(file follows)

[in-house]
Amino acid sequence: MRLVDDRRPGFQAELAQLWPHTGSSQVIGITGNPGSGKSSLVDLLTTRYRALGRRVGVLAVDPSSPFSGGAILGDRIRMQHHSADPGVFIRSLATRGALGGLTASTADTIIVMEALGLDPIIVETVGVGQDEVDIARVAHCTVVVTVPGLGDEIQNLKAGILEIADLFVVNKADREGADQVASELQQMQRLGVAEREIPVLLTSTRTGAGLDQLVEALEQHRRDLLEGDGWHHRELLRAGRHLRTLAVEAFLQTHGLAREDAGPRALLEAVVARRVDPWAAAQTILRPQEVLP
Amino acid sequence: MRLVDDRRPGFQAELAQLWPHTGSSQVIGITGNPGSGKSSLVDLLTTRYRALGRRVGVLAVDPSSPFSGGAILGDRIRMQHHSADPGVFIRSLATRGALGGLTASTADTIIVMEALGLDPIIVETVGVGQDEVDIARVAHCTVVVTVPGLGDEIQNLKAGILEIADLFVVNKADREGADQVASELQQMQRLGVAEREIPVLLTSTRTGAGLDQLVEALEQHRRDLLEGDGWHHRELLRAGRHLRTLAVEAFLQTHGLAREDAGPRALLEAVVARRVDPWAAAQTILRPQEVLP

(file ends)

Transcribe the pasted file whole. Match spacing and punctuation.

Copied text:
[in-house]
Amino acid sequence: MRLVDDRRPGFQAELAQLWPHTGSSQVIGITGNPGSGKSSLVDLLTTRYRALGRRVGVLAVDPSSPFSGGAILGDRIRMQHHSADPGVFIRSLATRGALGGLTASTADTIIVMEALGLDPIIVETVGVGQDEVDIARVAHCTVVVTVPGLGDEIQNLKAGILEIADLFVVNKADREGADQVASELQQMQRLGVAEREIPVLLTSTRTGAGLDQLVEALEQHRRDLLEGDGWHHRELLRAGRHLRTLAVEAFLQTHGLAREDAGPRALLEAVVARRVDPWAAAQTILRPQEVLP
Amino acid sequence: MRLVDDRRPGFQAELAQLWPHTGSSQVIGITGNPGSGKSSLVDLLTTRYRALGRRVGVLAVDPSSPFSGGAILGDRIRMQHHSADPGVFIRSLATRGALGGLTASTADTIIVMEALGLDPIIVETVGVGQDEVDIARVAHCTVVVTVPGLGDEIQNLKAGILEIADLFVVNKADREGADQVASELQQMQRLGVAEREIPVLLTSTRTGAGLDQLVEALEQHRRDLLEGDGWHHRELLRAGRHLRTLAVEAFLQTHGLAREDAGPRALLEAVVARRVDPWAAAQTILRPQEVLP